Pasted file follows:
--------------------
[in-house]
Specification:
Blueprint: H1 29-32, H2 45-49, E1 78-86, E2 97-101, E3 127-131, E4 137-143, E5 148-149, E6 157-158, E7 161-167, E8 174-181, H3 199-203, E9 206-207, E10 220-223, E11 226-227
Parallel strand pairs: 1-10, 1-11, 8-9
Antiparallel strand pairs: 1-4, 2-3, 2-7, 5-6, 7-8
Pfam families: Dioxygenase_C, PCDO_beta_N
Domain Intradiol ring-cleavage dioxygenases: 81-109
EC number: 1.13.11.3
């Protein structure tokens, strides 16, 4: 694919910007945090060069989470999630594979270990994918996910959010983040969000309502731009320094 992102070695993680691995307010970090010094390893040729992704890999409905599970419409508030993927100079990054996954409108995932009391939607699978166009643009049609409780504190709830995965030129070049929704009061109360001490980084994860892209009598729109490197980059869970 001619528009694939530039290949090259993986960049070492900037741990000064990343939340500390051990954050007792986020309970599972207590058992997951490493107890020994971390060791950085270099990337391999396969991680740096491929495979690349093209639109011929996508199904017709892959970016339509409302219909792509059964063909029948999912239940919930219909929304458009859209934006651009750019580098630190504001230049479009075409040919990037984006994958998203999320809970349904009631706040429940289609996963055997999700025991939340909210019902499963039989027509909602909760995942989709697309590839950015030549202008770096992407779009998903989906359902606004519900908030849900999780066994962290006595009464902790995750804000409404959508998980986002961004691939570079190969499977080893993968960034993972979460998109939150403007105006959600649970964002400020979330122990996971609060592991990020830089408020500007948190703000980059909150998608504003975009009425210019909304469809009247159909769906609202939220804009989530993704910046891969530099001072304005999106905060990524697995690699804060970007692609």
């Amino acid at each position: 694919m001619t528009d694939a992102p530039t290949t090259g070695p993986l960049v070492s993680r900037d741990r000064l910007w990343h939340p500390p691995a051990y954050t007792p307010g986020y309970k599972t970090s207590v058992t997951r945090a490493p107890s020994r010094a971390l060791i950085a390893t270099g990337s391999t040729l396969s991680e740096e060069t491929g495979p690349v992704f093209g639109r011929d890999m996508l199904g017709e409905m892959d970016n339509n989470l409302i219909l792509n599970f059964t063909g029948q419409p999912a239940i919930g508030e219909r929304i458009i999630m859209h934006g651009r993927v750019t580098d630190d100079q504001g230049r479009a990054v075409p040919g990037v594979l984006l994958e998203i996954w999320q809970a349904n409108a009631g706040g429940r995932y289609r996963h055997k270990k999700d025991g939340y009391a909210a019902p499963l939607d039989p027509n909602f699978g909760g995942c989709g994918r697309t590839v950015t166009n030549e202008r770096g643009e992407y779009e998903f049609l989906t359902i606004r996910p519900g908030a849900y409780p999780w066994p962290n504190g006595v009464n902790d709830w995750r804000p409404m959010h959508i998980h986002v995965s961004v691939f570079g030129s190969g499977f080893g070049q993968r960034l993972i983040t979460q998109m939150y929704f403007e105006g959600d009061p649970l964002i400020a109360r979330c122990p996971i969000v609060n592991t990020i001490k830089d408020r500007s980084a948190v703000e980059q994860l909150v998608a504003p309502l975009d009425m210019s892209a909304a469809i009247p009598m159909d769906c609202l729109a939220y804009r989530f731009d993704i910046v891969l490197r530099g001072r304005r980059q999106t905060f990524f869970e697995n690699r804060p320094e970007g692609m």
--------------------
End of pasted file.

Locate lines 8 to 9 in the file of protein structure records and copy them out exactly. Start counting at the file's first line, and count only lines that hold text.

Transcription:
EC number: 1.13.11.3
């Protein structure tokens, strides 16, 4: 694919910007945090060069989470999630594979270990994918996910959010983040969000309502731009320094 992102070695993680691995307010970090010094390893040729992704890999409905599970419409508030993927100079990054996954409108995932009391939607699978166009643009049609409780504190709830995965030129070049929704009061109360001490980084994860892209009598729109490197980059869970 001619528009694939530039290949090259993986960049070492900037741990000064990343939340500390051990954050007792986020309970599972207590058992997951490493107890020994971390060791950085270099990337391999396969991680740096491929495979690349093209639109011929996508199904017709892959970016339509409302219909792509059964063909029948999912239940919930219909929304458009859209934006651009750019580098630190504001230049479009075409040919990037984006994958998203999320809970349904009631706040429940289609996963055997999700025991939340909210019902499963039989027509909602909760995942989709697309590839950015030549202008770096992407779009998903989906359902606004519900908030849900999780066994962290006595009464902790995750804000409404959508998980986002961004691939570079190969499977080893993968960034993972979460998109939150403007105006959600649970964002400020979330122990996971609060592991990020830089408020500007948190703000980059909150998608504003975009009425210019909304469809009247159909769906609202939220804009989530993704910046891969530099001072304005999106905060990524697995690699804060970007692609």